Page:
Stairs: Connecting Function and Art
    Matthew Dunham

    Stemming off of what Nick replied I think it is fascinating how architecture is built for a purpose: to protect, secure and shelter those within it. But practical things such as the ballet railings in Anderson’s project which bridge the gap between art and function, and are not only wooden poles mounted to a wall. This is the staircase in the Museum of Modern/Contemporary Art in Chicago. It is first and foremost practical to bring visitors up and down through the building but it also is a stunning clean-line form which becomes its own art display. Like in Anderson’s model the flow of the dancer was calculated as was the most natural flow of people through the space. Turning something simple into a focal point.

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    01.01 Reparameterization: Converting a Grasshopper Designed Ballet Barre into AutoCAD
    Ari Anderson

    1 - Rhino Barre Iteration

    The initial Rhino + Grasshopper design essentially dealt with distances from a starting Wall and the interaction between points on the wall and points moved away from the wall.  The points moved away from the wall formed the Ballet Barre and the points on the wall became where the supports hit.  The lines connecting the two sets of points were  used to form arched supports.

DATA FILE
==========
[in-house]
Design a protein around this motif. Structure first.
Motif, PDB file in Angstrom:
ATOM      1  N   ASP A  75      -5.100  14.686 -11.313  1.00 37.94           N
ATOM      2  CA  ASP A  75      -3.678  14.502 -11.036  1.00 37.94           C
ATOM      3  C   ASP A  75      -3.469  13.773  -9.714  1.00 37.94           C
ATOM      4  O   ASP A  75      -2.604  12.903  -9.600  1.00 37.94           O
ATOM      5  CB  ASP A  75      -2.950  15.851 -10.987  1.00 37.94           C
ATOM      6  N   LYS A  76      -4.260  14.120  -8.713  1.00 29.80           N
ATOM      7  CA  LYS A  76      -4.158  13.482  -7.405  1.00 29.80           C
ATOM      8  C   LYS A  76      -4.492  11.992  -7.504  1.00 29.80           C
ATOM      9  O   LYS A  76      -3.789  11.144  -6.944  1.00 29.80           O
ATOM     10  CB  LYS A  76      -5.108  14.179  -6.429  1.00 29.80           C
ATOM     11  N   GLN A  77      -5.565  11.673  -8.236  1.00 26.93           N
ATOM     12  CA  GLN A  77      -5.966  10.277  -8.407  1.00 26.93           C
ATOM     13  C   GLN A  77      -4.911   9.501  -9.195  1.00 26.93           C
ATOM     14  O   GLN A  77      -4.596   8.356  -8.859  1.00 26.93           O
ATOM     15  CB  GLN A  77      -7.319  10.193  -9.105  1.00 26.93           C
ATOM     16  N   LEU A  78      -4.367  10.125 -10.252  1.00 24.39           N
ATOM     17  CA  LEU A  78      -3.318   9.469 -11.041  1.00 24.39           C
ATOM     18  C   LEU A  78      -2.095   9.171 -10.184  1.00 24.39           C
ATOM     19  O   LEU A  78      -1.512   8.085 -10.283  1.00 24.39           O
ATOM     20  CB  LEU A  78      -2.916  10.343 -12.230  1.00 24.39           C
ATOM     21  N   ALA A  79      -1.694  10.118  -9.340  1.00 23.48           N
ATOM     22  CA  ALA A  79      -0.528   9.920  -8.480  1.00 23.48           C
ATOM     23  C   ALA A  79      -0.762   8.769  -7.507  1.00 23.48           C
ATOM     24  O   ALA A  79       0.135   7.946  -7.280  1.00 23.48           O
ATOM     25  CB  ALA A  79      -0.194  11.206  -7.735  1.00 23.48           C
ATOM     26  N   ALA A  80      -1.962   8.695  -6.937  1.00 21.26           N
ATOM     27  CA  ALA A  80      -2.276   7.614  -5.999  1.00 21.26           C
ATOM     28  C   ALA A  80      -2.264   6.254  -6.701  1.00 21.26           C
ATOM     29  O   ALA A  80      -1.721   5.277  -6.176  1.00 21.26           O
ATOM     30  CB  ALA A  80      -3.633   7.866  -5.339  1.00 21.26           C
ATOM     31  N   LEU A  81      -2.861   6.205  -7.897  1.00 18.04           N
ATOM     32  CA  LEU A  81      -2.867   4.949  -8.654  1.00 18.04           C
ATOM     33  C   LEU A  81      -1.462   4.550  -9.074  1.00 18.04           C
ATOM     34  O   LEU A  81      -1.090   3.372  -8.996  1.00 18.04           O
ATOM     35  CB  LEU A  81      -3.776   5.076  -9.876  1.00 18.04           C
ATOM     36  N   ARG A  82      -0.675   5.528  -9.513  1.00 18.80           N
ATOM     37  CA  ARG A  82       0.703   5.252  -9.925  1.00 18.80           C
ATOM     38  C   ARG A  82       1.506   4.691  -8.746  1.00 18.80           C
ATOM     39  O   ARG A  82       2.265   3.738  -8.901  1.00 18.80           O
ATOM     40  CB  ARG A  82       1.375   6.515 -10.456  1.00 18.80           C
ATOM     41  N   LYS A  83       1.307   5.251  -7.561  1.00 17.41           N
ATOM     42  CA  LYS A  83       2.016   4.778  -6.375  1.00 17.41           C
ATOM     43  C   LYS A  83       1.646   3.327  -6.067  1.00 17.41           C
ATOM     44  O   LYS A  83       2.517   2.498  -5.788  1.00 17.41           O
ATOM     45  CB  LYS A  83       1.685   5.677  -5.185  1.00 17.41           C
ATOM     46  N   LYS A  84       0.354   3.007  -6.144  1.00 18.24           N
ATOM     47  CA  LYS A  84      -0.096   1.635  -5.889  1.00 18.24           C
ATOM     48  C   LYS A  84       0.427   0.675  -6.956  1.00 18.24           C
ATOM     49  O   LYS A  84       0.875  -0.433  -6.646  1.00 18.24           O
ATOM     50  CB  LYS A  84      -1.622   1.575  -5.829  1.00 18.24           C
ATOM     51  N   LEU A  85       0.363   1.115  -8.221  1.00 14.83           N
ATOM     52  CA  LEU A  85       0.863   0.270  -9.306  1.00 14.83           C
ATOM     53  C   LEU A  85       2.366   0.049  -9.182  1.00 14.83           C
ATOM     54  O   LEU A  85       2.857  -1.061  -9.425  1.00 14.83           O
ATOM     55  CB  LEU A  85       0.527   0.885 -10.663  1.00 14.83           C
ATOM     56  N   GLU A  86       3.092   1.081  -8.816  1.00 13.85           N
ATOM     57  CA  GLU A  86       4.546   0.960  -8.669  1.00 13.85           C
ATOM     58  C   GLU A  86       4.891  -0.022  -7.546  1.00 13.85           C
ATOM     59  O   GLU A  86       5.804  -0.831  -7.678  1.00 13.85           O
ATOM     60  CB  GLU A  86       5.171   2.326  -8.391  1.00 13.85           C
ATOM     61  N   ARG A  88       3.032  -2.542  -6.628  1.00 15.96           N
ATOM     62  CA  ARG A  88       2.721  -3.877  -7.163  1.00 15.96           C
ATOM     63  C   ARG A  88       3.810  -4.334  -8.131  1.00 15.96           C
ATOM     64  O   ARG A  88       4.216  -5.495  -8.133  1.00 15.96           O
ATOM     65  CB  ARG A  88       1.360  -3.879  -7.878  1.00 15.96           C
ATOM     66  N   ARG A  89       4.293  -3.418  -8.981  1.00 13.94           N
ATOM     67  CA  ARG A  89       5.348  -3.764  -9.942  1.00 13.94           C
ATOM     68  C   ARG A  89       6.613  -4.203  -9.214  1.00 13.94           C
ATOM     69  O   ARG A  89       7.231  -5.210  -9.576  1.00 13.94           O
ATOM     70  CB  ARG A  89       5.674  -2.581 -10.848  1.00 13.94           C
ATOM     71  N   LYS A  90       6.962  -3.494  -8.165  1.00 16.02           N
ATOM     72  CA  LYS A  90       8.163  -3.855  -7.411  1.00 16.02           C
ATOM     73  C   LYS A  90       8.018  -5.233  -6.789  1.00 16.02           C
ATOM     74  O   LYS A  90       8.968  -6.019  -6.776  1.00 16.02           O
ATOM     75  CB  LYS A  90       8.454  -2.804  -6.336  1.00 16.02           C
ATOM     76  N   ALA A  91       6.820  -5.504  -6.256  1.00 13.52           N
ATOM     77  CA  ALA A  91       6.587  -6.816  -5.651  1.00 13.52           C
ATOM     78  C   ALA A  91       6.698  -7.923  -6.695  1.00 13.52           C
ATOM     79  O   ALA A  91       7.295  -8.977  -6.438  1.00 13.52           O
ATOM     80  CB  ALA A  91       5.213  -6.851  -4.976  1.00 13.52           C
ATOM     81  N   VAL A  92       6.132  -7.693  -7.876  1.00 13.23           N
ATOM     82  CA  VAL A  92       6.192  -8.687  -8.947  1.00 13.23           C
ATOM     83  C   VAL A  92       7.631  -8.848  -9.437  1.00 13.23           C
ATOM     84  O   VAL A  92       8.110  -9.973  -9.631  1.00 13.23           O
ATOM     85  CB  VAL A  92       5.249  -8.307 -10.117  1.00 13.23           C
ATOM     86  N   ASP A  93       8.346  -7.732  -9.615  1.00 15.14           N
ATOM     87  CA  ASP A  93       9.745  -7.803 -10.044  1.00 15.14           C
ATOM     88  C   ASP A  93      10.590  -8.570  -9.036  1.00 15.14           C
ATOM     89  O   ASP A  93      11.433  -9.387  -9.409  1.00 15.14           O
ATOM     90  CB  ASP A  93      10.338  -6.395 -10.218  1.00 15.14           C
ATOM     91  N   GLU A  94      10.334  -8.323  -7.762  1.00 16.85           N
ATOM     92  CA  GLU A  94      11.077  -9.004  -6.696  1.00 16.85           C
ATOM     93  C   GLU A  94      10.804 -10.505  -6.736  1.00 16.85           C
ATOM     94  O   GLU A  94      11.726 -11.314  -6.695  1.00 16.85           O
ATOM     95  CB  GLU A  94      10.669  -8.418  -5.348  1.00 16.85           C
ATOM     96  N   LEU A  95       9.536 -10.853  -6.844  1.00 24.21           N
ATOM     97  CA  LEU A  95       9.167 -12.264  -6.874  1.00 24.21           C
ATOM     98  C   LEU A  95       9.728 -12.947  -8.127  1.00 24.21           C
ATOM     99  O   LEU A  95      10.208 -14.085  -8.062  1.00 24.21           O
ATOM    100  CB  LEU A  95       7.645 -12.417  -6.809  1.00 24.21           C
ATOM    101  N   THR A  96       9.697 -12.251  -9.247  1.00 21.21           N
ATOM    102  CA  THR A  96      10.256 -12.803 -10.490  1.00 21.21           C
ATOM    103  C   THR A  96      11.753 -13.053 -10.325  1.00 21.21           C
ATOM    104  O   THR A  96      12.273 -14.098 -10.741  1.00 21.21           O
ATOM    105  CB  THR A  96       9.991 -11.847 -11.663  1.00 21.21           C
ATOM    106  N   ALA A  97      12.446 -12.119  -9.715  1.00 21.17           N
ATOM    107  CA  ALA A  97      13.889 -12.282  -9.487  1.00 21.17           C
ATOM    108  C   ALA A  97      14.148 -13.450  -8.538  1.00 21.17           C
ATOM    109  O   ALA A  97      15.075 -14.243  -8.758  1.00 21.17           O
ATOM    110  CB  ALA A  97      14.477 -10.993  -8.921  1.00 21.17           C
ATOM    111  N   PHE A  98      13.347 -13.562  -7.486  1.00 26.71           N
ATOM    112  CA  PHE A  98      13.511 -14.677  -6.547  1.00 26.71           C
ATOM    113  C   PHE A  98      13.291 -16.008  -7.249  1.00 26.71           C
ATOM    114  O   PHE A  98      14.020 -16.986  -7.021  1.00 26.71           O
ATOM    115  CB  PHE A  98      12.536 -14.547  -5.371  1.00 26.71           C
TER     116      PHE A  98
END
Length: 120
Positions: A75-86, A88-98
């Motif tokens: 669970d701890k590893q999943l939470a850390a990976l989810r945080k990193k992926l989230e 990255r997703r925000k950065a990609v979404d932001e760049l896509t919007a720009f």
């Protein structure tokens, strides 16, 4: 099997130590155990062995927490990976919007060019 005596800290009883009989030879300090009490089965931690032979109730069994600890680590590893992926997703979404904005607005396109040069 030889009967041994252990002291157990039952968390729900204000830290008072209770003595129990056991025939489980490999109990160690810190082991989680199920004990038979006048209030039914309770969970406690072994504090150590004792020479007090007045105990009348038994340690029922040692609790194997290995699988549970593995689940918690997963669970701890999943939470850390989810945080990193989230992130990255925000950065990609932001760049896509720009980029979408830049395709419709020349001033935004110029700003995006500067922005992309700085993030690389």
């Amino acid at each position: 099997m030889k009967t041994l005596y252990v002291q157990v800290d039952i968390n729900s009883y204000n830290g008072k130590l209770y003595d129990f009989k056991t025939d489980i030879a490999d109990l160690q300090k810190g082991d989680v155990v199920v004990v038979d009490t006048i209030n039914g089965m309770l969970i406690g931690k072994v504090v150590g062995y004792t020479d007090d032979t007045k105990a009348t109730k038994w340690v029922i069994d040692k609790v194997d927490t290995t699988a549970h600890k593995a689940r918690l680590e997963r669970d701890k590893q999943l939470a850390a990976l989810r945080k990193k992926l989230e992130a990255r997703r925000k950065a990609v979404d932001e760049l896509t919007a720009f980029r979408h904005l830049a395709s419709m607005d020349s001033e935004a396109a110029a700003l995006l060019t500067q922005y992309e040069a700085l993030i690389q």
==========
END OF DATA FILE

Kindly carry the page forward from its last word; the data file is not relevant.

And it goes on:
2 - Barre Design 1 Annotated

    3 - Barre Design 5 Annotated

    The annotated image shows how the Grasshopper inputs are affecting the proportions of the Barre in Elevation.  This familiarization allows for a reinterpretation in AutoCAD.

    The AutoCAD iterations use the same geometric relationships as the Grasshopper model.  AutoCAD however has different tools to construct and parametrize geometry.  Where Grasshopper assumes the information needed to create parametric curves, AutoCAD requires the information  required to create the curve be parametrized first.  Once the “construction lines” for the model are set, then one can attach curves to that geometry.